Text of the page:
You raise the standard grumble that “funds are not available” for research. Perhaps you should ask yourself why companies like Boiron, with a turnover Boiron makes a profit of of about 20 million euros a year, on net operating revenues of about 300 million euros. It is a very big business. Why then does it not give money to do serious tests on its homeopathic products? The only reason that I can think of is that, deep down, they suspect the tests would be failed.

    I think you are also wrong to suggest that anything is rejected “simply because it is not fully understood”. When the wonderful effects of penicillin were first discovered, nobody had the slightest idea how it worked. That is the norm, not the exception.

    Although I think it is quite right that the onus should be on the proposer to test the hypothesis, they often get financial help. The National Institutes of Health in the USA has spent almost a billion dollars testing alternative “remedies” and, as far as I know, all that money has not shown any of them to be effective (apart perhaps from a handful of herbal things) that. They have shown though, that quite a lot of things don’t work. In particular, huge surveys on nutritional “supplements” have failed to show that they have useful effects (and may even do harm).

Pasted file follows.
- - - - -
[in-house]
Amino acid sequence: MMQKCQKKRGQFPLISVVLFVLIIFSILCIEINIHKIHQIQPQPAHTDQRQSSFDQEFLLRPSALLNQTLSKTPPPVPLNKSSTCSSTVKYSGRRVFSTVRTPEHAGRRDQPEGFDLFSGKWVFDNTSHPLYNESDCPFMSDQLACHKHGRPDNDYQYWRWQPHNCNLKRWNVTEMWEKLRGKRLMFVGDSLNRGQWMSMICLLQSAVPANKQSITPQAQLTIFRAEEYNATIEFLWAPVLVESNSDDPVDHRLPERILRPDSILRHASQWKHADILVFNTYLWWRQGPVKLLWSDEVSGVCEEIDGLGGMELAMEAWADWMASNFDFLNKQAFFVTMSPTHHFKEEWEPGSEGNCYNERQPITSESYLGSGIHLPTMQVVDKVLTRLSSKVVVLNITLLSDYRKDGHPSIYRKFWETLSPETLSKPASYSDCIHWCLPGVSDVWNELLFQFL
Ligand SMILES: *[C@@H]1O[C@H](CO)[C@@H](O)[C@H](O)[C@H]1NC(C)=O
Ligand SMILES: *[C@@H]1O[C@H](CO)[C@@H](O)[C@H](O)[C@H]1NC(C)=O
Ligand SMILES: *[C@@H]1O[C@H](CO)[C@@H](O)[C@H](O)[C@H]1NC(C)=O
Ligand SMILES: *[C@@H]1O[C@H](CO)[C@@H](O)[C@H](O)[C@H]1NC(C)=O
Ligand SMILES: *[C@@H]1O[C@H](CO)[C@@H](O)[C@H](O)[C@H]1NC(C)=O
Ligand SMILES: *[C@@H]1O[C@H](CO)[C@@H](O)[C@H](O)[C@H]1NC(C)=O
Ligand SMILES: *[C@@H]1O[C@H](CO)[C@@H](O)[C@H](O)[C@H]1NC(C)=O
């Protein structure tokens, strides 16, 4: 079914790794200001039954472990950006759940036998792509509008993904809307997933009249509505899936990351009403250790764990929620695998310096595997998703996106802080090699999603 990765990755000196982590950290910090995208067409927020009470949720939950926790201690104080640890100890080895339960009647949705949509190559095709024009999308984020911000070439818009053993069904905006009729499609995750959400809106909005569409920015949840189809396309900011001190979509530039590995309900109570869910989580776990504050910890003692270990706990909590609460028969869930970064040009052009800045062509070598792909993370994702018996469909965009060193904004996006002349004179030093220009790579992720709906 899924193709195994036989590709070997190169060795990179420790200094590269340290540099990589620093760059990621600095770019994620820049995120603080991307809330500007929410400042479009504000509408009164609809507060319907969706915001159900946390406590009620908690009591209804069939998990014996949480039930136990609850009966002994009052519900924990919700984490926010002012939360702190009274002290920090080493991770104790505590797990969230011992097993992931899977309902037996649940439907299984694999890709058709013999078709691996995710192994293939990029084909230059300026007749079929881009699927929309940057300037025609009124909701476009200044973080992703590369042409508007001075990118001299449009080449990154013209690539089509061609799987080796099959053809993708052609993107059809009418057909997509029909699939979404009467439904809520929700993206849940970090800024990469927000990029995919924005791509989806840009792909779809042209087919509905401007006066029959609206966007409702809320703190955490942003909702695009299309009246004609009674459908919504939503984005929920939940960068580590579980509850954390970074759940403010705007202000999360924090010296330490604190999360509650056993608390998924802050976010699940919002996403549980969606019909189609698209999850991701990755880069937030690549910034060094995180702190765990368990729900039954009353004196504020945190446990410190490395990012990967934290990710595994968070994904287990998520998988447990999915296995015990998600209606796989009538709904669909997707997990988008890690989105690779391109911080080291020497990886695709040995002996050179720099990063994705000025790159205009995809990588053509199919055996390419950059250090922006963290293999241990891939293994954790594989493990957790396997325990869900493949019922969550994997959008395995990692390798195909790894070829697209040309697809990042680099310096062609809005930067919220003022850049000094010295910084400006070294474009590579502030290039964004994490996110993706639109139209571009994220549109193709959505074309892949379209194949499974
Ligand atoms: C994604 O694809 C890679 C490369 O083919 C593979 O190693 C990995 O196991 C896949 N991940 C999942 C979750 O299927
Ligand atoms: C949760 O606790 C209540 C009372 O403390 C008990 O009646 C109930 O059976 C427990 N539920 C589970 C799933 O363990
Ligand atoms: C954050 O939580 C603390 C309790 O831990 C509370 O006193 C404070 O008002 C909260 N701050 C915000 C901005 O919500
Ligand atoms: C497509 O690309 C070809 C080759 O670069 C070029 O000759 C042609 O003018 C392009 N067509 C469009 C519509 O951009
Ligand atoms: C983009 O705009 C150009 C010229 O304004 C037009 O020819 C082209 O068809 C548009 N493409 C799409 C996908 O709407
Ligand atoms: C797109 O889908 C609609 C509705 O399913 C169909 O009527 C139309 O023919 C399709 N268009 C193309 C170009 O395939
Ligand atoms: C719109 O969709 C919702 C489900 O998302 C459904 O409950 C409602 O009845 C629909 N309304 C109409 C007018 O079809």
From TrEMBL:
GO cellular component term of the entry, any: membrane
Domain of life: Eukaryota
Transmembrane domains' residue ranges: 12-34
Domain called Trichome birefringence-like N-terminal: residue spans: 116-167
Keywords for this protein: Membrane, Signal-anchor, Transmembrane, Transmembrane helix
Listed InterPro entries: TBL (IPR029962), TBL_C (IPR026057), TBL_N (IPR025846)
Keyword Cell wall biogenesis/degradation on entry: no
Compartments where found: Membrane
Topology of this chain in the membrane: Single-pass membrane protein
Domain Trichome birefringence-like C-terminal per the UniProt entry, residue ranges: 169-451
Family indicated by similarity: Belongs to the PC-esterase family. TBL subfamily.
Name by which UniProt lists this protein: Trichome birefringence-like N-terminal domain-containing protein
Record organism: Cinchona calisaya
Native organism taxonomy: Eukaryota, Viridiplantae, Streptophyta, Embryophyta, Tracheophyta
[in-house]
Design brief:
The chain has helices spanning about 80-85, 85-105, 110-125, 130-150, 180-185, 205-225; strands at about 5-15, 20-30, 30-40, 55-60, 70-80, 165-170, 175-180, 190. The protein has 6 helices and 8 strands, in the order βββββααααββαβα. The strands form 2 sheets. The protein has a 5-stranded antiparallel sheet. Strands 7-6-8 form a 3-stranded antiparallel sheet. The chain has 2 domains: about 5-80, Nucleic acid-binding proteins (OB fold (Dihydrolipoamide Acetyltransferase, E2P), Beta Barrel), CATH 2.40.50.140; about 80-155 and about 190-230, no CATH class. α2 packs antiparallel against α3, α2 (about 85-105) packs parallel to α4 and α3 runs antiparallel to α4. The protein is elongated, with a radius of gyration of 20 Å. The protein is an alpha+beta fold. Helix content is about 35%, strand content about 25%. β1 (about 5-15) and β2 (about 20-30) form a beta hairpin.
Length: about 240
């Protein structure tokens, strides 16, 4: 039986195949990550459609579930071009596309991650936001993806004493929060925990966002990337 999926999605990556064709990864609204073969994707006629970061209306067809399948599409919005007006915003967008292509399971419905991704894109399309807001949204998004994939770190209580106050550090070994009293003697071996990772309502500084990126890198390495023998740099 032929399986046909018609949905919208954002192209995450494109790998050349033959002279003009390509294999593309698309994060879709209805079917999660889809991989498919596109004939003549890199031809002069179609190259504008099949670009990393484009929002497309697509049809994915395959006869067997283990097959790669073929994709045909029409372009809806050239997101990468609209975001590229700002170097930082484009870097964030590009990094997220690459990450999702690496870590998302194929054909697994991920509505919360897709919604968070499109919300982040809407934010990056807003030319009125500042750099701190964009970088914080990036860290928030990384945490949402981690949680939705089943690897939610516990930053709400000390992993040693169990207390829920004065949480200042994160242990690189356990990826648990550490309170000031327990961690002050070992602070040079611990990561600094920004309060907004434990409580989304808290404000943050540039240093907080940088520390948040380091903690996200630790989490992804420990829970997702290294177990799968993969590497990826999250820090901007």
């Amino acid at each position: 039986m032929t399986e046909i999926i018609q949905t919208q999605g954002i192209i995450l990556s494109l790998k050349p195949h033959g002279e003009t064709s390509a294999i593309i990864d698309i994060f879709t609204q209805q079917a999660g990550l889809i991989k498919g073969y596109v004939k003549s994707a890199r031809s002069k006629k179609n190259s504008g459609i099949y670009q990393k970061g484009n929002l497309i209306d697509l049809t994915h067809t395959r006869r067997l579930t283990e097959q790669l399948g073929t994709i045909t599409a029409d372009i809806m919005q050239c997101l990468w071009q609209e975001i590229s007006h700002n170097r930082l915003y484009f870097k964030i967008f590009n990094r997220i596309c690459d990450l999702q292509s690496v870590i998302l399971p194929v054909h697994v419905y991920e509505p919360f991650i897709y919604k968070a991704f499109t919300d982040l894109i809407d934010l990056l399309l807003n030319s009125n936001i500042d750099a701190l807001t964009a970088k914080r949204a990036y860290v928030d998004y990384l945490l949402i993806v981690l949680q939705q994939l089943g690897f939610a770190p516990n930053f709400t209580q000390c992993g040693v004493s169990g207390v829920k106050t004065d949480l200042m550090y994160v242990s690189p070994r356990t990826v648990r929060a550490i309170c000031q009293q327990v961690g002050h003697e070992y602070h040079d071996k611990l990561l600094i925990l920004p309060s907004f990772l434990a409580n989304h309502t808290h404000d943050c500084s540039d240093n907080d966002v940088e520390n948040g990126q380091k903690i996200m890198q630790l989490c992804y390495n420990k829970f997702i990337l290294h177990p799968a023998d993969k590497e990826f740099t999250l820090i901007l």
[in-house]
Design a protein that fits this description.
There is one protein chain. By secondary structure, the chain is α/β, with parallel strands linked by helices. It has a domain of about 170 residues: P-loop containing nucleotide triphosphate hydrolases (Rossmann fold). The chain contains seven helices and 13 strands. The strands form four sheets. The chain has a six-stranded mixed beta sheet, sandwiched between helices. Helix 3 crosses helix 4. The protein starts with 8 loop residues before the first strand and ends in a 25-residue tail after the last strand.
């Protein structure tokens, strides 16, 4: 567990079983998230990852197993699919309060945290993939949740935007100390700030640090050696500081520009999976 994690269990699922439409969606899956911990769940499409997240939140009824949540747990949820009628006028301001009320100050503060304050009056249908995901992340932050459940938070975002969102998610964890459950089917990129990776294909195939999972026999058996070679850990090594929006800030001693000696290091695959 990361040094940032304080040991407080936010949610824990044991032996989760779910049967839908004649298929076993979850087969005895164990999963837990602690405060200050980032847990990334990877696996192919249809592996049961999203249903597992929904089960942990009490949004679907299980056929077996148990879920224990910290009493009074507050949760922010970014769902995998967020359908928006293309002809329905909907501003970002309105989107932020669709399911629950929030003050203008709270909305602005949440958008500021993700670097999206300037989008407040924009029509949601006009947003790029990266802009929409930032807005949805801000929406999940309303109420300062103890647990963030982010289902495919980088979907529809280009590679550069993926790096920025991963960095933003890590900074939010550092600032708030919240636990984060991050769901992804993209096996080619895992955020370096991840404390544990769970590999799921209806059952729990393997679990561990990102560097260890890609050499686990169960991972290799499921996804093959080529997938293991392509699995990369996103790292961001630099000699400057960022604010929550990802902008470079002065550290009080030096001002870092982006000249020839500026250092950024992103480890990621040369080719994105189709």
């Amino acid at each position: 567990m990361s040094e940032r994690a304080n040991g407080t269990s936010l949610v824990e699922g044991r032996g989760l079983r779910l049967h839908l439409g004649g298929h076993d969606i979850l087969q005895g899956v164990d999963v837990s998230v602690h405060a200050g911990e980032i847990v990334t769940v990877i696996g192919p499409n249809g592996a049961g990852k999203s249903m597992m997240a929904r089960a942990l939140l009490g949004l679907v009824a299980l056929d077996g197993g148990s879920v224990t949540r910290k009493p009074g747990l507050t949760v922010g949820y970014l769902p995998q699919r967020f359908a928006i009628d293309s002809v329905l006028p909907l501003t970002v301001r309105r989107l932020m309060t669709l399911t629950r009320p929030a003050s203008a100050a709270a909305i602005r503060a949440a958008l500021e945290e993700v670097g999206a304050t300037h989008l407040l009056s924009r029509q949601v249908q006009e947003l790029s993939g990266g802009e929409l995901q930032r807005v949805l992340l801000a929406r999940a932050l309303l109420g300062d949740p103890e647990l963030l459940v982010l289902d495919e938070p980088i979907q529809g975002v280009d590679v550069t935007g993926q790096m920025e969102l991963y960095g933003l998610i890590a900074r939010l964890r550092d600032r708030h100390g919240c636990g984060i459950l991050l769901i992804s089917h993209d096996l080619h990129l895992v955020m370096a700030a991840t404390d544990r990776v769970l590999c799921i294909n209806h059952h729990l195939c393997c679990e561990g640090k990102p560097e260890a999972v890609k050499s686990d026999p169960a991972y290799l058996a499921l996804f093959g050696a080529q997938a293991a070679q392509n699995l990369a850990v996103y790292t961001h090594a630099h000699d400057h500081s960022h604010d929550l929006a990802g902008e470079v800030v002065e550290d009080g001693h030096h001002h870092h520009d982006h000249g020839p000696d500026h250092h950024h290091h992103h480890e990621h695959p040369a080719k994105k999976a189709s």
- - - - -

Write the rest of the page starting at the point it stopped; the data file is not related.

There have also been a few really good trials of homeopathy that show, as expected, that it is indistinguishable from placebo. There have also been many excellent experimental tests of acupuncture. In both of these cases the tests you ask for have been done, and in both cases they have failed.

    The major unknown is in herbal medicines. the vast majority of them have never been tested properly for either safety or efficacy. It is hardly an exaggeration to say that most herbal medicine consists of giving to sick people an unknown dose of an ill-defined drug, of unknown effectiveness and unknown safety.

    I do hope you aren’t saying that it is the responsibility of the taxpayer to test every herb that is on sale in your local Chinese medicine shop.

  • ChristineSW15 says:

    I do accept your points about hypothesis, proposers and funding etc. However I feel that to single out complementary medicines and label their use in the NHS as criminal is taking a narrow view.

    To tie in with your point about why companies such as Boiron do not invest in homeopathic research I believe that for them to do so would not necessarily be considering the interests of their shareholders. It could be considered killing the goose that lays the golden egg.

    A homeopathic remedy is not expensive and after a few seasons of using a remedy one can be completely free of hayfever. Even if it does not work for everyone it is still more economically viable than everyone with the condition using anti-histamine year in, year out.

    Whilst I may have had extremely damaging side-effects from the products of a pharmaceutical company I would not suggest that they be outlawed. There may be positive effects for others and who am I to suggest they should be denied?

    We should all take a balanced view with an understanding that as we are all different what may be wrong for one person may be right for another.

  • Well ChristineSW15, it seems that we have some agreement. You say